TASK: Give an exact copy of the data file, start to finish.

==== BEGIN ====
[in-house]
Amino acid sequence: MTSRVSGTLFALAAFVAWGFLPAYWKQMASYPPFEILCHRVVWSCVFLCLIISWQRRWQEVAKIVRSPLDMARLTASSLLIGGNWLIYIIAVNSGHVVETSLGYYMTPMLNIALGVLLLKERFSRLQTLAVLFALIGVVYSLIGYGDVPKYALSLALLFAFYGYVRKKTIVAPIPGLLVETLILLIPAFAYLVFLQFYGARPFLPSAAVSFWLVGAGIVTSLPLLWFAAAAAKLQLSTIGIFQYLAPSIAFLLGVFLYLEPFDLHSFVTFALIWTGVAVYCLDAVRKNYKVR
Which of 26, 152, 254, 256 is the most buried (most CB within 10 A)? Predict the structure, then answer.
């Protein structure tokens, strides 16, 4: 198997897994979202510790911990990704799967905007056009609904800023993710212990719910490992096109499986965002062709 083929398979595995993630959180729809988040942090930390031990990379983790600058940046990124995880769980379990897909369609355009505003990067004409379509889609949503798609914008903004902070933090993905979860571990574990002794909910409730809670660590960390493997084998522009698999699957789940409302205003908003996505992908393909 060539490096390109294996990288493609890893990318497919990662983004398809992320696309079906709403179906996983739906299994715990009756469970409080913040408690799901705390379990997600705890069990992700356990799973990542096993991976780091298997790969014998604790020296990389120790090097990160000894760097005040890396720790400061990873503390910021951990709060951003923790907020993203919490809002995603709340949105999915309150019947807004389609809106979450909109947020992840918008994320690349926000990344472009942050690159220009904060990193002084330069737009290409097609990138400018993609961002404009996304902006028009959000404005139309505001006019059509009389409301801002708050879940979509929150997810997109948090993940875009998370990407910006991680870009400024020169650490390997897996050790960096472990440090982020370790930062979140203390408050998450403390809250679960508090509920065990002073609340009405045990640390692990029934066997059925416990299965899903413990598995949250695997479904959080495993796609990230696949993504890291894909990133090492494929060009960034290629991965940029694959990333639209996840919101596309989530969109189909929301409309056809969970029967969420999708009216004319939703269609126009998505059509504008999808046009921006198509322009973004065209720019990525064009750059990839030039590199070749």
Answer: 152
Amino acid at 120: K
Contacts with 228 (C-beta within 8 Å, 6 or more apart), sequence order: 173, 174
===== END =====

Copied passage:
[in-house]
Amino acid sequence: MTSRVSGTLFALAAFVAWGFLPAYWKQMASYPPFEILCHRVVWSCVFLCLIISWQRRWQEVAKIVRSPLDMARLTASSLLIGGNWLIYIIAVNSGHVVETSLGYYMTPMLNIALGVLLLKERFSRLQTLAVLFALIGVVYSLIGYGDVPKYALSLALLFAFYGYVRKKTIVAPIPGLLVETLILLIPAFAYLVFLQFYGARPFLPSAAVSFWLVGAGIVTSLPLLWFAAAAAKLQLSTIGIFQYLAPSIAFLLGVFLYLEPFDLHSFVTFALIWTGVAVYCLDAVRKNYKVR
Which of 26, 152, 254, 256 is the most buried (most CB within 10 A)? Predict the structure, then answer.
């Protein structure tokens, strides 16, 4: 198997897994979202510790911990990704799967905007056009609904800023993710212990719910490992096109499986965002062709 083929398979595995993630959180729809988040942090930390031990990379983790600058940046990124995880769980379990897909369609355009505003990067004409379509889609949503798609914008903004902070933090993905979860571990574990002794909910409730809670660590960390493997084998522009698999699957789940409302205003908003996505992908393909 060539490096390109294996990288493609890893990318497919990662983004398809992320696309079906709403179906996983739906299994715990009756469970409080913040408690799901705390379990997600705890069990992700356990799973990542096993991976780091298997790969014998604790020296990389120790090097990160000894760097005040890396720790400061990873503390910021951990709060951003923790907020993203919490809002995603709340949105999915309150019947807004389609809106979450909109947020992840918008994320690349926000990344472009942050690159220009904060990193002084330069737009290409097609990138400018993609961002404009996304902006028009959000404005139309505001006019059509009389409301801002708050879940979509929150997810997109948090993940875009998370990407910006991680870009400024020169650490390997897996050790960096472990440090982020370790930062979140203390408050998450403390809250679960508090509920065990002073609340009405045990640390692990029934066997059925416990299965899903413990598995949250695997479904959080495993796609990230696949993504890291894909990133090492494929060009960034290629991965940029694959990333639209996840919101596309989530969109189909929301409309056809969970029967969420999708009216004319939703269609126009998505059509504008999808046009921006198509322009973004065209720019990525064009750059990839030039590199070749």
Answer: 152
Amino acid at 120: K
Contacts with 228 (C-beta within 8 Å, 6 or more apart), sequence order: 173, 174